December 11, 2019
Middle East

They survived the Christchurch attacks. In Mecca, they’re finding peace as Hajj pilgrims

"I thought I am looking at a symbol, a symbol of peace. A symbol of God. He's here," Gul told CNN.Gul is one of 200 people who arrived in Mecca, Saudi Arabia from Christchurch this week to perform the annual Hajj pilgrimage, which began on Friday. They are survivors of the March 2019 terror attacks at two Christchurch mosques as well as the relatives of those who were slain in the shootings.Fifty-one people were killed in the attack by a white nationalist gunman during Friday prayers.Saudi Arabia's King Salman extended the invitation to the group for the all-expenses-paid pilgrimage in July. CNN's interviews with Christchurch pilgrims in Mecca were facilitated by the kingdom's Center of International Communications. In a statement published by the official Saudi news agency, Minister for Islamic Affairs Abdullatif bin Abdulaziz Al-Sheikh said the state-funded trip was part of the kingdom's efforts to "confront and defeat terrorism and terrorists." Christchurch survivors and victims' relatives say the pilgrimage has been a means to healing from the violence that changed their lives."My feelings are more calm now. I'm more in order. I'm not in chaos anymore. I'm not in a bad mood anymore," said Gul. "I am more in peace now. I'm more concentrated on doing and spreading peace." Muslim pilgrims gather at the Grand Mosque in Saudi Arabia's holy city of Mecca on August 7, 2019, prior to the start of the annual Hajj pilgrimage in the holy city.

A long way from Christchurch

"It was a very special day," said Taj Mohammed, 47, recalling the moment he received the invitation to perform the Hajj. "I am very happy."Mohammed was shot in the leg three times at the al-Noor mosque in Christchurch. Because of his injury, he must perform the obligatory seven circles of the Kaaba on crutches or in a wheelchair. He said the spiritual experience has eased his ailments and filled him with gratitude. "It's not so easy to come to Hajj," said Mohammed.Performing the Hajj is considered compulsory for every Muslim who is physically and financially able to make the journey. However, the five-day pilgrimage — held every year in the days leading to the Muslim holiday of Eid al-Adha — can be taxing.Nearly 2 million pilgrims have arrived in Saudi Arabia for this year's Hajj, according to Saudi authorities.Taj Mohammed, 47, will perform the mandatory circumambulation of the Kaaba in crutches or on a wheelchair.For Muslim worshippers in New Zealand, some 9,500 miles from Mecca, the journey is especially difficult. "It's a trip of a lifetime. It's a dream trip. I can't believe I'm here," said Rashid Omar, 51, a Singapore-born electrician from Christchurch. Omar said he hadn't planned to accept King Salman's invitation because his wife and children were unable to join him. But his wife eventually persuaded him to make the journey. "We were caught by surprise because we weren't quite ready," Omar said, recalling the moment his family received the invitation to go to Hajj. "(We thought) 'who's going to look after the children, who's going to go?'" He is performing duaa' (supplications) for his son, Tariq Omar, 34, who was shot and killed in Christchurch."I'm looking for a peace of mind, for my own spiritual way," said Omar. "I just want to make special supplications for my son, Tariq, and also my family."His voice falters as he talks about his son's passing. "He was in the masjid (mosque) when he was shot," said Omar. "We didn't find out until a few days later … I'm really hoping that this will heal myself and my whole family."A photo tribute for Christchurch mosque shooting victim Tariq Omar lies amid mounds of flowers across the road from the Al Noor mosque in Christchurch, New Zealand Tuesday, March 19, 2019.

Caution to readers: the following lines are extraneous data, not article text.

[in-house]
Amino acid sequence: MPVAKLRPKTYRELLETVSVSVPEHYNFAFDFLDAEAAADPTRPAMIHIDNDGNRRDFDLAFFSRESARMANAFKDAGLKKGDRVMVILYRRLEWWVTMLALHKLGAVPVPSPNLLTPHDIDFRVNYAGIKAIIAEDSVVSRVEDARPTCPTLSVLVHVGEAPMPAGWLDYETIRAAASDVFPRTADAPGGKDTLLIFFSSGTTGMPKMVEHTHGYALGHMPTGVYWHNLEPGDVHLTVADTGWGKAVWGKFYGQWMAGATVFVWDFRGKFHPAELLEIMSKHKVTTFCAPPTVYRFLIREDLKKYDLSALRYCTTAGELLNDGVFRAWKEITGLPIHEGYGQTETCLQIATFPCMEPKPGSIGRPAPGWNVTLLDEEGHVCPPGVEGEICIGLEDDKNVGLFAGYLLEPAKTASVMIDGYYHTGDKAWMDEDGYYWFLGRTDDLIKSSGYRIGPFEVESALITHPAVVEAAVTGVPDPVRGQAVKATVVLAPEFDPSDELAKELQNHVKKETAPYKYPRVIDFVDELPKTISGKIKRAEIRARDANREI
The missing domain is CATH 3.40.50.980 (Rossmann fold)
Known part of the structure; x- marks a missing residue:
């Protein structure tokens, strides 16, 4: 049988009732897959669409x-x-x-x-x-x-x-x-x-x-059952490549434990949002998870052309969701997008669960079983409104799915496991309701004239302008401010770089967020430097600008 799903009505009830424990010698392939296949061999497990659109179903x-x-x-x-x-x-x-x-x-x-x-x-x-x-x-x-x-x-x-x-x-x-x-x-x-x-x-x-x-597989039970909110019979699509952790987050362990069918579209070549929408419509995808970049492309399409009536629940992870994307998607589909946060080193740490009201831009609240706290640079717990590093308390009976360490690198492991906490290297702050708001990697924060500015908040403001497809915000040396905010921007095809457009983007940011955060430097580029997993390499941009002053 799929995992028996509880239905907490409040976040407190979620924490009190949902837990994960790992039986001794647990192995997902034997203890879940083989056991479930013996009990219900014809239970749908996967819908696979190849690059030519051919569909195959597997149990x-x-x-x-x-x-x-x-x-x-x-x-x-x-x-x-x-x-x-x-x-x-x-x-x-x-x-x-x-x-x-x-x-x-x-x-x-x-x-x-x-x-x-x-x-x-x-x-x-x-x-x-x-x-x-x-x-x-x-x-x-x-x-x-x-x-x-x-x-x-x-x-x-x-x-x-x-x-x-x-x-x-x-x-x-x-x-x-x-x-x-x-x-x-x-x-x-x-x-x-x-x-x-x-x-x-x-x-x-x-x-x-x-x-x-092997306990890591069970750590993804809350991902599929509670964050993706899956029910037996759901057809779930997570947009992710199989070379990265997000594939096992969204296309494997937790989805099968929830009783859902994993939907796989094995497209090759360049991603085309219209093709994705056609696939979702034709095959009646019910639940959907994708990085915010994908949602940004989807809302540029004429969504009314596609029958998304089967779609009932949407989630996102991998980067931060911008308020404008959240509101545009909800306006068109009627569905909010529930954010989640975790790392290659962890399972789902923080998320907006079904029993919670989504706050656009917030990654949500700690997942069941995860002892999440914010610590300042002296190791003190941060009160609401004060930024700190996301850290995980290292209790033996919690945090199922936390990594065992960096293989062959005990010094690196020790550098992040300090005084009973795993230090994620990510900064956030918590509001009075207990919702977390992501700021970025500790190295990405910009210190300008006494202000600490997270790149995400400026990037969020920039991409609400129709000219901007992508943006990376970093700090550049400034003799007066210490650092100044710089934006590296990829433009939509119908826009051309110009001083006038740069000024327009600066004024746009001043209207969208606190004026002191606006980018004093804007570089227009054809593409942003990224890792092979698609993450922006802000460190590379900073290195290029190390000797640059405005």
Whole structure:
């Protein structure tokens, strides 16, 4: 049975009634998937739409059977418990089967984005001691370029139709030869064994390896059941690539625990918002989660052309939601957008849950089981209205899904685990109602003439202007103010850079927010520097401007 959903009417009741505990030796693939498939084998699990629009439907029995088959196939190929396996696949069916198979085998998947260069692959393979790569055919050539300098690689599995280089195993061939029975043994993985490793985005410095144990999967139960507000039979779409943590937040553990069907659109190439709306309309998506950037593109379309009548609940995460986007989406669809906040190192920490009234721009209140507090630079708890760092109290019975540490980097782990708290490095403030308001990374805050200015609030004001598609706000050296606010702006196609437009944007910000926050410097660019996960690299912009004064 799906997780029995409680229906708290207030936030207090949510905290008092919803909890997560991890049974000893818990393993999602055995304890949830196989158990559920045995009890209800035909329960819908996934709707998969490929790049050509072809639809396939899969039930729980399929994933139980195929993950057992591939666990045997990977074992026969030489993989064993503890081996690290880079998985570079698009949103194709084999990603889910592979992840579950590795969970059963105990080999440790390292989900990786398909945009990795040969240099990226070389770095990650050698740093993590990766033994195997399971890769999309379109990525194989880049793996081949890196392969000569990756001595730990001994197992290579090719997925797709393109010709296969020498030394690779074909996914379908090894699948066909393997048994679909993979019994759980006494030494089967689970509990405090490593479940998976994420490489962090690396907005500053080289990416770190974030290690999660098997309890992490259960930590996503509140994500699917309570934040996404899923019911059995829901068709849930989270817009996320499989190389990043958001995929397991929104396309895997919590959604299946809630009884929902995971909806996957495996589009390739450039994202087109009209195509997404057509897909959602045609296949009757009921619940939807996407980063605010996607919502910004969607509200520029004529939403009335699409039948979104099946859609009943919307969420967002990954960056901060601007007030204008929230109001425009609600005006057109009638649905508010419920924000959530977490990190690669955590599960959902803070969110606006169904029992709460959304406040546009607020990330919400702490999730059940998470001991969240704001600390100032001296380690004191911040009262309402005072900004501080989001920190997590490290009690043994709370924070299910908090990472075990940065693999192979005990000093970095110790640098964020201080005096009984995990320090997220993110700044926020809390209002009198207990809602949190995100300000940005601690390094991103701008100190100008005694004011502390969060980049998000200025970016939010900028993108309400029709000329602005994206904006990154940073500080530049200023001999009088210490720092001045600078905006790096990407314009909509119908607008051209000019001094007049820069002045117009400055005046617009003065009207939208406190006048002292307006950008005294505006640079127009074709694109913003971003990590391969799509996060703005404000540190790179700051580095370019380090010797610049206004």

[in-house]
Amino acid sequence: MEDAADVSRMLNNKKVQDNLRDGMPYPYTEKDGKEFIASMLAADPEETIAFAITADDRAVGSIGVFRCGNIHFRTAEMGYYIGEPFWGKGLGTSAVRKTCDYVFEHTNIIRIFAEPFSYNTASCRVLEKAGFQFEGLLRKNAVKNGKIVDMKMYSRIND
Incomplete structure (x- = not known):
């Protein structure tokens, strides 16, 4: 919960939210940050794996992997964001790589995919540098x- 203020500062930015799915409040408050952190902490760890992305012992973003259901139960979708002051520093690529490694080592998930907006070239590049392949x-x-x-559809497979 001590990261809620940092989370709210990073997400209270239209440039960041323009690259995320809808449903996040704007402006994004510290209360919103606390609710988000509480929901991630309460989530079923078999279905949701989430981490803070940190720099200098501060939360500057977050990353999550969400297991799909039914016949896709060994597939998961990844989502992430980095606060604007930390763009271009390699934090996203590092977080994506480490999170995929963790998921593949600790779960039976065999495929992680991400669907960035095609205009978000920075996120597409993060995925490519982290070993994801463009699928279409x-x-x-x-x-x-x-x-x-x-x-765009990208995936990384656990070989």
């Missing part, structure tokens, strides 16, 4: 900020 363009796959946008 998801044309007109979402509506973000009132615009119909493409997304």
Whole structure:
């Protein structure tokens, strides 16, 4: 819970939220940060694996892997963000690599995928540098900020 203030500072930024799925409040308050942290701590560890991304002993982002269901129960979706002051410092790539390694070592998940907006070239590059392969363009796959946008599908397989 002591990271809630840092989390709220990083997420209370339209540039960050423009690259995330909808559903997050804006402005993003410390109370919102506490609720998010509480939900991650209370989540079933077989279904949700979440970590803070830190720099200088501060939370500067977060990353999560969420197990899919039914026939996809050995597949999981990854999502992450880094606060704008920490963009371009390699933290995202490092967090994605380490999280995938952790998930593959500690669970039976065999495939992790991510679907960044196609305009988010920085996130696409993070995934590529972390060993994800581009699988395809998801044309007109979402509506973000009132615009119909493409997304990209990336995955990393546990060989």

Survivors coming together

For the Christchurch group at Mecca, the trip not only offers spiritual healing, but also an opportunity to get together and talk with people who share their tragedy."It's very good (to be together). We can talk among each other. We can talk about our feelings about how the whole thing affected us," said Omar. "It's a healing process for myself."The group speak about their individual struggles, their hopes for the future, how their faith has buoyed their recoveries from the attack. They even discuss their thoughts on the attacker himself. "I pray for the attacker that somehow he gets the guidance that Islam is not the religion of hate. ItRead More – Source

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